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Surface Forces: Big Little British Ships For Brazil
   Next Article → ATTRITION: The Unkindest Cut Of All
January 10, 2012: Brazil is buying three OPVs (Offshore Patrol Vessel) from Britain, with the option to build five more in Brazil. The three OPVs are from British shipbuilder BAE and are based on the River Class ships used by Britain and several other countries. These corvette size ships will be used to protect Brazilian fishing grounds and offshore oil fields.

The Brazilian OPVs are 90.5 meter (281 foot) long ships displacing 2,200 tons. They carry a crew of 36 (with accommodations for up to 70) and are armed with one 30mm remotely controlled autocannon and two 25mm autocannon (one on each side). There is a landing deck in the rear for a helicopter, or six 20 foot cargo containers (containing supplies or equipment). Top speed is 45 kilometers an hour and cruising speed is 12 kilometers an hour. Endurance is about four weeks. Two speedboats are also carried, along with a 16 ton crane. The ship can be rigged to carry fifty infantry.

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Little Ray       1/10/2012 3:19:01 PM
A Fletcher class destroyer displaced 2500 tons fully loaded and was far more heavily armed.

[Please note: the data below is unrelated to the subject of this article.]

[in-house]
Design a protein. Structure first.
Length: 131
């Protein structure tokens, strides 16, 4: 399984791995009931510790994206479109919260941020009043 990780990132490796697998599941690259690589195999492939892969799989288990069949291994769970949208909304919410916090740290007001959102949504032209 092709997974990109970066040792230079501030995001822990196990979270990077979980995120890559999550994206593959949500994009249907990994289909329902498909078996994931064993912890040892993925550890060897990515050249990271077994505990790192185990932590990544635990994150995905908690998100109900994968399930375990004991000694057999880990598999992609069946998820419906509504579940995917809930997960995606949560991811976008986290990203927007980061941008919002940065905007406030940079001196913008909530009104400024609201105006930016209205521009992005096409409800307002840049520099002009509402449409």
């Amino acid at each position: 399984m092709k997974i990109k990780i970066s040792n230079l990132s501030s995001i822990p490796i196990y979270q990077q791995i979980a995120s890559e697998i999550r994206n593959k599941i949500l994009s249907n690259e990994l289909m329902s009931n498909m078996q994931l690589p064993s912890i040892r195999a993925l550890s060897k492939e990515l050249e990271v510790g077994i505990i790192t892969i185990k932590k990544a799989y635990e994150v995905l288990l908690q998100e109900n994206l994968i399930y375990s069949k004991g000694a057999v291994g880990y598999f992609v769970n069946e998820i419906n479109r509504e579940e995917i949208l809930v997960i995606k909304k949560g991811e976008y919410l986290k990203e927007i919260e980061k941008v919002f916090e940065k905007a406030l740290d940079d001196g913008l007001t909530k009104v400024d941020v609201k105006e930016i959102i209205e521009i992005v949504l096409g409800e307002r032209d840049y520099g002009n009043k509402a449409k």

I have to wonder why this ship is so large and its armament is so small. 
 
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heraldabc       1/10/2012 3:47:04 PM
1. A ship must be a certain size to be ocean-going, on-station, and 
operate a helicopter.
 
2. A police ship is NOT a warship.
 
H.
 
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ruethan    Patrol ships   1/10/2012 6:18:55 PM
These are patrol ships, meant to enforce sea control, protect against pirates, do search and rescue work.
They could however be the basis of a more heavily armed ship, which the UK could use to help fill the gap in its NOB at minimal cost. International navies could use a half-dozen of these in the Indian Ocean against Somali pirates.
 
 
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giblets       1/11/2012 3:36:08 AM
Sounds like it was based on HMS Clyde, rather than the standard River Class patrol vessels, which are 1,700tonnes (approx).Also ironic, as Brazil refused docking rights for one of the class over the Falklands issue.
 
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